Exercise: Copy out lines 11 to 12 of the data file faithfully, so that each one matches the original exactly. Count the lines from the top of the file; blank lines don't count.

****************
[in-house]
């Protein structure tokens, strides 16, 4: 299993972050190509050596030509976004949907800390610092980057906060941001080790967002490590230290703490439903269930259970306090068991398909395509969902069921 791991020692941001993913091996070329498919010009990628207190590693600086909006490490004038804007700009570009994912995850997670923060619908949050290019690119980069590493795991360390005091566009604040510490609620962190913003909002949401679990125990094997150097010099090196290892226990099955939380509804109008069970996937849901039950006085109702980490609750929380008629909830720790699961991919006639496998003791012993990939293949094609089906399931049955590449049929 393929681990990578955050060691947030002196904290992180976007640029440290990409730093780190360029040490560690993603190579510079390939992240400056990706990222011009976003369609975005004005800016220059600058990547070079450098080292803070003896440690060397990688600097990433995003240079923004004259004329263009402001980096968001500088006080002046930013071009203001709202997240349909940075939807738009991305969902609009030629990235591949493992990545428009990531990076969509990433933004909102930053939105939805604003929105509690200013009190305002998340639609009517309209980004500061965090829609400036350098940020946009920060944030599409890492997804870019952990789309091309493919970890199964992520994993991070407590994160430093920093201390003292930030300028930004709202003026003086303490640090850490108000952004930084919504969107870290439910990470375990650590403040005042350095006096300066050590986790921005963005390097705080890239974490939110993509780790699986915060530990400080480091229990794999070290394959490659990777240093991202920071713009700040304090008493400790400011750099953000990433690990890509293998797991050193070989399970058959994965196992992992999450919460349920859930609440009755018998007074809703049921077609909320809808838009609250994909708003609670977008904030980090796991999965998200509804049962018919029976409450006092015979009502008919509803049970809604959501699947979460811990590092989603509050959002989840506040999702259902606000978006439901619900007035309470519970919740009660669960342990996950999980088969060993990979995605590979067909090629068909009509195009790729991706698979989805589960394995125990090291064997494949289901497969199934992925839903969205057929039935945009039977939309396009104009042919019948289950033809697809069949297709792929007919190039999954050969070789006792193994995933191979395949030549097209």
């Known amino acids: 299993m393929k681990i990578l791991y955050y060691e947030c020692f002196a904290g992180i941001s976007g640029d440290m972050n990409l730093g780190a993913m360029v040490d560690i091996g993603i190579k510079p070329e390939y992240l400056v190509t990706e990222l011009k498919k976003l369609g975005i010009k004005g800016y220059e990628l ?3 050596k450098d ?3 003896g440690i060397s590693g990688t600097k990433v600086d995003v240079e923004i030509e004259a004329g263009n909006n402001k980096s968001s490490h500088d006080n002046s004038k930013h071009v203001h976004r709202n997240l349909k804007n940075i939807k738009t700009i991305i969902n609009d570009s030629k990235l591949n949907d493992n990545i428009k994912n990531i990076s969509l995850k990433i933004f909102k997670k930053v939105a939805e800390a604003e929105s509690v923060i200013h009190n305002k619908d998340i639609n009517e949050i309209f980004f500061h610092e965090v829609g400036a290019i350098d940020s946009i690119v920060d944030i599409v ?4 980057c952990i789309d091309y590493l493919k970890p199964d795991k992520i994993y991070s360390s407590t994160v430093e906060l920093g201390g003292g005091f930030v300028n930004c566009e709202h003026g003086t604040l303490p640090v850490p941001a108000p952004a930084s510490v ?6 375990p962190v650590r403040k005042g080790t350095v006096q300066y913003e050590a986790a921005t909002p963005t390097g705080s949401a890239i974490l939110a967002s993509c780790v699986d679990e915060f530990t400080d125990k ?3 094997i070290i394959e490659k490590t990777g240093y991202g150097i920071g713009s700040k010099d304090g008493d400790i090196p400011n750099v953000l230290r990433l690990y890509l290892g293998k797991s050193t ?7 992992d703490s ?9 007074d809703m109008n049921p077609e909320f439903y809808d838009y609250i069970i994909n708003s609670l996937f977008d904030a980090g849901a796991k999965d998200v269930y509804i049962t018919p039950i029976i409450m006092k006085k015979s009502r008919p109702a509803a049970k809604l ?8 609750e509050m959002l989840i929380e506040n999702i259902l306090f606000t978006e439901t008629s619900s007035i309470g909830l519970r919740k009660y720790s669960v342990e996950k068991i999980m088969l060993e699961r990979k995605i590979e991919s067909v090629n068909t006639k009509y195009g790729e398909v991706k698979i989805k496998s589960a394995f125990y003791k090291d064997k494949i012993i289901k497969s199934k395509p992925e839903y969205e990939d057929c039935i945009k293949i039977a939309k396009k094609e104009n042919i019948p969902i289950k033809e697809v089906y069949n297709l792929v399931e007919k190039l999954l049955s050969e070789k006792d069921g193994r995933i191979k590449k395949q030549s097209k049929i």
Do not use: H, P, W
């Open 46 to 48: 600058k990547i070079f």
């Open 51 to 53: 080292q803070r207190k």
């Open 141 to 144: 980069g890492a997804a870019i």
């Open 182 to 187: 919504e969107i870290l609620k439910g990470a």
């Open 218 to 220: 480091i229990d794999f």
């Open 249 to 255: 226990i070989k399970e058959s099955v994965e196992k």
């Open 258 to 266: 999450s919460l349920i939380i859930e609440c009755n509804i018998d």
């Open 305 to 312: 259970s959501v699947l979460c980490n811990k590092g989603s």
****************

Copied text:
């Open 258 to 266: 999450s919460l349920i939380i859930e609440c009755n509804i018998d």
């Open 305 to 312: 259970s959501v699947l979460c980490n811990k590092g989603s």